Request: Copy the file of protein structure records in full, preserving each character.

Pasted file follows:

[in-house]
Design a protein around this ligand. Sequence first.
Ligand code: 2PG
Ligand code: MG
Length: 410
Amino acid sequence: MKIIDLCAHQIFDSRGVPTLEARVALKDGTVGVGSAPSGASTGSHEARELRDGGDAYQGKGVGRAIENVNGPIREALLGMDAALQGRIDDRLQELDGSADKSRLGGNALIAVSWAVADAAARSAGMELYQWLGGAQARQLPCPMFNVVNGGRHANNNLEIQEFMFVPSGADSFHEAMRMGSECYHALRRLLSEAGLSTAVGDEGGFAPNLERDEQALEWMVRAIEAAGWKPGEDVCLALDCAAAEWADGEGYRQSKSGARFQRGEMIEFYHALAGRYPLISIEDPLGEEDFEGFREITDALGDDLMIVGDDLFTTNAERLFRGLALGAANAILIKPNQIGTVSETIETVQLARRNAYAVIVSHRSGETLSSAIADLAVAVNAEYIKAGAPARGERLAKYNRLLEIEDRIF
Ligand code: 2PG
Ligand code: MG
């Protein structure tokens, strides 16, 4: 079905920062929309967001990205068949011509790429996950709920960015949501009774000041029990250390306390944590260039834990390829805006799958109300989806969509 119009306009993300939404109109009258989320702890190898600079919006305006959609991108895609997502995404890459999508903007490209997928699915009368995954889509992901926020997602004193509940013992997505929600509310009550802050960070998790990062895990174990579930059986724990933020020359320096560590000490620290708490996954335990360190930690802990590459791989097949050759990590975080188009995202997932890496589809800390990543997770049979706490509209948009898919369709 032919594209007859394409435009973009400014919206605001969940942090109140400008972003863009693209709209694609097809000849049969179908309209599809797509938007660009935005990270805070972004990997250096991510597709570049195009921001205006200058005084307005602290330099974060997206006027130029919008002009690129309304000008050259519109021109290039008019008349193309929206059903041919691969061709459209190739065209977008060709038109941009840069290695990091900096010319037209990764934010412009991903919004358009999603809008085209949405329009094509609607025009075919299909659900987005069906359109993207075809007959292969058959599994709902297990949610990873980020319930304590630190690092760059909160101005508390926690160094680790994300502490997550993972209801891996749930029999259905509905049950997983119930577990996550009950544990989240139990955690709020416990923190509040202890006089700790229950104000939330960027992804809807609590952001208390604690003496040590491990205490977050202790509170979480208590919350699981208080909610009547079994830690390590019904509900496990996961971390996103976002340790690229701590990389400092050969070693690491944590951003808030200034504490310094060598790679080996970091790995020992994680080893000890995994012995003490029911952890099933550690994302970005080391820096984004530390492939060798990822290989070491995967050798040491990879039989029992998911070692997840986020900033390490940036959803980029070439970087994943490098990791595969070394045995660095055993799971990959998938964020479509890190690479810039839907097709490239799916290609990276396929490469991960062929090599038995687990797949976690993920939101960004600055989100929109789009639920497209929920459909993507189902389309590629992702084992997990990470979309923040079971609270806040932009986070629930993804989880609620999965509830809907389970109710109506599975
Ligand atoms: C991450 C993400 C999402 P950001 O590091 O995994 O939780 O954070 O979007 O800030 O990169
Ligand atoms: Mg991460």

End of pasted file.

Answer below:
[in-house]
Design a protein around this ligand. Sequence first.
Ligand code: 2PG
Ligand code: MG
Length: 410
Amino acid sequence: MKIIDLCAHQIFDSRGVPTLEARVALKDGTVGVGSAPSGASTGSHEARELRDGGDAYQGKGVGRAIENVNGPIREALLGMDAALQGRIDDRLQELDGSADKSRLGGNALIAVSWAVADAAARSAGMELYQWLGGAQARQLPCPMFNVVNGGRHANNNLEIQEFMFVPSGADSFHEAMRMGSECYHALRRLLSEAGLSTAVGDEGGFAPNLERDEQALEWMVRAIEAAGWKPGEDVCLALDCAAAEWADGEGYRQSKSGARFQRGEMIEFYHALAGRYPLISIEDPLGEEDFEGFREITDALGDDLMIVGDDLFTTNAERLFRGLALGAANAILIKPNQIGTVSETIETVQLARRNAYAVIVSHRSGETLSSAIADLAVAVNAEYIKAGAPARGERLAKYNRLLEIEDRIF
Ligand code: 2PG
Ligand code: MG
């Protein structure tokens, strides 16, 4: 079905920062929309967001990205068949011509790429996950709920960015949501009774000041029990250390306390944590260039834990390829805006799958109300989806969509 119009306009993300939404109109009258989320702890190898600079919006305006959609991108895609997502995404890459999508903007490209997928699915009368995954889509992901926020997602004193509940013992997505929600509310009550802050960070998790990062895990174990579930059986724990933020020359320096560590000490620290708490996954335990360190930690802990590459791989097949050759990590975080188009995202997932890496589809800390990543997770049979706490509209948009898919369709 032919594209007859394409435009973009400014919206605001969940942090109140400008972003863009693209709209694609097809000849049969179908309209599809797509938007660009935005990270805070972004990997250096991510597709570049195009921001205006200058005084307005602290330099974060997206006027130029919008002009690129309304000008050259519109021109290039008019008349193309929206059903041919691969061709459209190739065209977008060709038109941009840069290695990091900096010319037209990764934010412009991903919004358009999603809008085209949405329009094509609607025009075919299909659900987005069906359109993207075809007959292969058959599994709902297990949610990873980020319930304590630190690092760059909160101005508390926690160094680790994300502490997550993972209801891996749930029999259905509905049950997983119930577990996550009950544990989240139990955690709020416990923190509040202890006089700790229950104000939330960027992804809807609590952001208390604690003496040590491990205490977050202790509170979480208590919350699981208080909610009547079994830690390590019904509900496990996961971390996103976002340790690229701590990389400092050969070693690491944590951003808030200034504490310094060598790679080996970091790995020992994680080893000890995994012995003490029911952890099933550690994302970005080391820096984004530390492939060798990822290989070491995967050798040491990879039989029992998911070692997840986020900033390490940036959803980029070439970087994943490098990791595969070394045995660095055993799971990959998938964020479509890190690479810039839907097709490239799916290609990276396929490469991960062929090599038995687990797949976690993920939101960004600055989100929109789009639920497209929920459909993507189902389309590629992702084992997990990470979309923040079971609270806040932009986070629930993804989880609620999965509830809907389970109710109506599975
Ligand atoms: C991450 C993400 C999402 P950001 O590091 O995994 O939780 O954070 O979007 O800030 O990169
Ligand atoms: Mg991460």